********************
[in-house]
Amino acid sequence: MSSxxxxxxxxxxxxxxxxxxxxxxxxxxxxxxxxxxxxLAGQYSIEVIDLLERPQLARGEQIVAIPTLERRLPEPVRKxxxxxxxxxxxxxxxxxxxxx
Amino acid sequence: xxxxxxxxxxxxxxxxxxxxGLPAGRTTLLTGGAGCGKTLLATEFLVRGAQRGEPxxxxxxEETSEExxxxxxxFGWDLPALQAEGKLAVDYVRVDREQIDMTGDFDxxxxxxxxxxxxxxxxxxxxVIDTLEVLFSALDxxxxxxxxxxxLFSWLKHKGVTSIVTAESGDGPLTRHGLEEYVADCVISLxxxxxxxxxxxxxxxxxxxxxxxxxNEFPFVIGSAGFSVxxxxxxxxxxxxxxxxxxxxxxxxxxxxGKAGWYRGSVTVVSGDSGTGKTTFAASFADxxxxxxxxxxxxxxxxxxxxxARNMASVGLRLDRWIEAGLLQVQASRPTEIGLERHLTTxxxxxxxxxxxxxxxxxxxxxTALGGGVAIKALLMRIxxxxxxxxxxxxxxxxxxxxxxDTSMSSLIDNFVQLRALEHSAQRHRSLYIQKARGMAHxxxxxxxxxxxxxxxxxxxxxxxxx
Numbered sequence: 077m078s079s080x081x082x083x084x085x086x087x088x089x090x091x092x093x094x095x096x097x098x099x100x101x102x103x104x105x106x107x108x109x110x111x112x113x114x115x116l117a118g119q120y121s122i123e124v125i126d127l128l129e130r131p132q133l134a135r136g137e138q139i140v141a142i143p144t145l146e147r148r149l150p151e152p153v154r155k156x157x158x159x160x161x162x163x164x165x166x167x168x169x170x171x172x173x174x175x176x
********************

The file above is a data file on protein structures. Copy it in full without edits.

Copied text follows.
[in-house]
Amino acid sequence: MSSxxxxxxxxxxxxxxxxxxxxxxxxxxxxxxxxxxxxLAGQYSIEVIDLLERPQLARGEQIVAIPTLERRLPEPVRKxxxxxxxxxxxxxxxxxxxxx
Amino acid sequence: xxxxxxxxxxxxxxxxxxxxGLPAGRTTLLTGGAGCGKTLLATEFLVRGAQRGEPxxxxxxEETSEExxxxxxxFGWDLPALQAEGKLAVDYVRVDREQIDMTGDFDxxxxxxxxxxxxxxxxxxxxVIDTLEVLFSALDxxxxxxxxxxxLFSWLKHKGVTSIVTAESGDGPLTRHGLEEYVADCVISLxxxxxxxxxxxxxxxxxxxxxxxxxNEFPFVIGSAGFSVxxxxxxxxxxxxxxxxxxxxxxxxxxxxGKAGWYRGSVTVVSGDSGTGKTTFAASFADxxxxxxxxxxxxxxxxxxxxxARNMASVGLRLDRWIEAGLLQVQASRPTEIGLERHLTTxxxxxxxxxxxxxxxxxxxxxTALGGGVAIKALLMRIxxxxxxxxxxxxxxxxxxxxxxDTSMSSLIDNFVQLRALEHSAQRHRSLYIQKARGMAHxxxxxxxxxxxxxxxxxxxxxxxxx
Numbered sequence: 077m078s079s080x081x082x083x084x085x086x087x088x089x090x091x092x093x094x095x096x097x098x099x100x101x102x103x104x105x106x107x108x109x110x111x112x113x114x115x116l117a118g119q120y121s122i123e124v125i126d127l128l129e130r131p132q133l134a135r136g137e138q139i140v141a142i143p144t145l146e147r148r149l150p151e152p153v154r155k156x157x158x159x160x161x162x163x164x165x166x167x168x169x170x171x172x173x174x175x176x